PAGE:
This article is written from my perspective (one of the oldest of the Gen-Y’ers)- and I’m sure that members of other generations will have different views on privacy based on collective and individualized experience. Gen X’ers and Boomers as a whole tend to to be more cognizant of personal privacy issues, while Millenials (as a whole) tend not to care much for or about personal privacy.
Here’s the underlying influencer of personal privacy: Trust. Trust influences the importance of privacy to the individual, and to the collective mindset of generational, cultural, or sociological groups. When individuals or groups have a high degree of trust for a collector of their personal information, privacy tends to matter less. When individuals or groups have a low degree of trust, privacy tends to matter more.
Trust, of course, can reflect a wide spectrum of factors:
Do I trust the organization to use the information it has collected in a manner that isn’t counterpoint to my personal or professional interests?
Do I trust in the organization’s ability to protect my personal information that they have collected and stored?
Do I trust in the organization to conduct careful diligence of outside organizations which with they share my information? [with respect to the first question]
The sensitivity of the data involved also reflects trust and privacy to a high degree. Banking information and account numbers are more sensitive than your favourite colour, for instance. Organizations burn through incredible sums of cash to protect and secure the former, while the latter passes by more or less unnoticed and uncared about by third parties.
We’ve all heard and read about in the media the issues which large companies like Facebook and Google wrestle with in regards to privacy. The media often tends to polarize the issue by painting the companies as the big, bad corporation which is primarily interested in screwing the unsuspecting consumer by using their personal information for ill-gotten financial gain. Perhaps that’s true, to some degree- though I doubt in practice it’s as ominous as it sounds, or the intent overly malicious.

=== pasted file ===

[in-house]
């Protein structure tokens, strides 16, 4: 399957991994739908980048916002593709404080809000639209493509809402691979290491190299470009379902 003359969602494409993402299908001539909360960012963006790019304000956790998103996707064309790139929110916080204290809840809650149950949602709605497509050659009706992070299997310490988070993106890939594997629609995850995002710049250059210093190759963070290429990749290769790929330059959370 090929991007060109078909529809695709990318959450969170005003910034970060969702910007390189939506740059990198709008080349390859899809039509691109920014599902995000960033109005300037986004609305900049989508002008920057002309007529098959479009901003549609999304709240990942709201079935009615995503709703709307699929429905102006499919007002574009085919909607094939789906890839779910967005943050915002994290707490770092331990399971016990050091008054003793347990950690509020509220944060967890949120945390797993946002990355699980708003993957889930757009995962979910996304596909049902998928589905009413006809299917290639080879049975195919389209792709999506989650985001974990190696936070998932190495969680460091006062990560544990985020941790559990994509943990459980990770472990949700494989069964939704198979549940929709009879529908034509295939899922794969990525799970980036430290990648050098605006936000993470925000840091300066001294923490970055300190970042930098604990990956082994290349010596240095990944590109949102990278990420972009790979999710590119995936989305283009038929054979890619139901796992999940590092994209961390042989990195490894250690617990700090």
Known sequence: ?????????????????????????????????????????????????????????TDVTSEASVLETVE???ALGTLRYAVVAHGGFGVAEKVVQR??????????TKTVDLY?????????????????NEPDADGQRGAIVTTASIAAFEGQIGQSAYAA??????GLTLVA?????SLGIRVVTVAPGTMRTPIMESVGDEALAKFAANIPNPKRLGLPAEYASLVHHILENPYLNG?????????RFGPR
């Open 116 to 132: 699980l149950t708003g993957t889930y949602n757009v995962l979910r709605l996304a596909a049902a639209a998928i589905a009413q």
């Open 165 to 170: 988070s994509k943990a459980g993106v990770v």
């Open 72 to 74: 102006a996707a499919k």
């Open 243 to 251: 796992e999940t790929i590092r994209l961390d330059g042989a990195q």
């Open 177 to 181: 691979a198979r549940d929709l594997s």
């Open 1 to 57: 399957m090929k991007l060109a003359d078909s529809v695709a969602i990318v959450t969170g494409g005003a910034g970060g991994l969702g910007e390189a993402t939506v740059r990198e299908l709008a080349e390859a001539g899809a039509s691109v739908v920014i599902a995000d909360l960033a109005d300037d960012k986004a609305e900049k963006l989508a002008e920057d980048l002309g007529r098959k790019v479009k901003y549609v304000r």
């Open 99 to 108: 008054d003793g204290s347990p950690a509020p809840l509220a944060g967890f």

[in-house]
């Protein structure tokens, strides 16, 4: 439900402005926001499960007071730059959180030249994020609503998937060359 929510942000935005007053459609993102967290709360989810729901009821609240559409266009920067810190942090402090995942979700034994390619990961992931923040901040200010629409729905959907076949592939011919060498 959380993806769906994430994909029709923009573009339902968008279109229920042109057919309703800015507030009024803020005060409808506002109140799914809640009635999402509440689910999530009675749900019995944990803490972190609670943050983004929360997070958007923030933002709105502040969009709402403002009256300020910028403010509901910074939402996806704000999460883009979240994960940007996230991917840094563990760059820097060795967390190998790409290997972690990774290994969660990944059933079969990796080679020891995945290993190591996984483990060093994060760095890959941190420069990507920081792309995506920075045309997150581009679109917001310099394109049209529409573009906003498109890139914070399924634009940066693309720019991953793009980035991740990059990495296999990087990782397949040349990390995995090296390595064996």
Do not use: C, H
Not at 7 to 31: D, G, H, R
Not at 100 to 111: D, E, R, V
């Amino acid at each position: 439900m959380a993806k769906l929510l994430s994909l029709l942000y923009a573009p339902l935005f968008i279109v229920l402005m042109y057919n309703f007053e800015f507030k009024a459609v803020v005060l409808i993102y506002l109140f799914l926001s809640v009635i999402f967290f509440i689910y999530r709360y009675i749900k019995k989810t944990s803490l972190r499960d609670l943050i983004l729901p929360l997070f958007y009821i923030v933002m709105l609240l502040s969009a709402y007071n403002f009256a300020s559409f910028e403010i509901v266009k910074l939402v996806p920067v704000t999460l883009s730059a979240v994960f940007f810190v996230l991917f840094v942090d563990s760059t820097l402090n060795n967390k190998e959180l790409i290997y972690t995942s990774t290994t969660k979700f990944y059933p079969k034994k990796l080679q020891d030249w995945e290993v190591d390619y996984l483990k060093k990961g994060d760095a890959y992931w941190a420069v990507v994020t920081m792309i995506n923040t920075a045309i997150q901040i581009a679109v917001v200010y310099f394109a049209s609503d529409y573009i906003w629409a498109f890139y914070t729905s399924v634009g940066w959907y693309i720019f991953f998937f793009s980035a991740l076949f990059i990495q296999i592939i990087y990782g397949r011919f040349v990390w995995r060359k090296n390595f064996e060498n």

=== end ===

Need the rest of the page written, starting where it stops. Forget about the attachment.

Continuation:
Are Facebook and Google chock-full of faceless evil men and women in suits, ready to make a buck at your expense? Short answer: No. Media organizations have a vested interest in creating content which drives consumer engagement, thereby selling newspapers (or driving traffic to their websites)… which has the effect of increasing advertising revenues (the $1.75 you pay for a newspaper at the news-stand doesn’t even come close to covering expenditures, let alone make media organizations profitable). Shock, anger, and negativity drive engagement far more effectively than happiness and positivity.
That being said, can Facebook and Google manage consumer-related privacy more effectively? Absolutely. Personally, I think a good start would be a more robust system of contacting users and soliciting approval when making product or process changes which affect user privacy. It could be as simple as an email saying ‘This is what we’re doing, if you find it that distasteful, here’s how to close your account with us and move on. No hard feelings.’ (Not in those words, of course). A policy such as this would also have the benefit of forcing companies to invest more in User Experience elements… which would make it that much harder to drop the service in question when the issue of privacy surfaced again.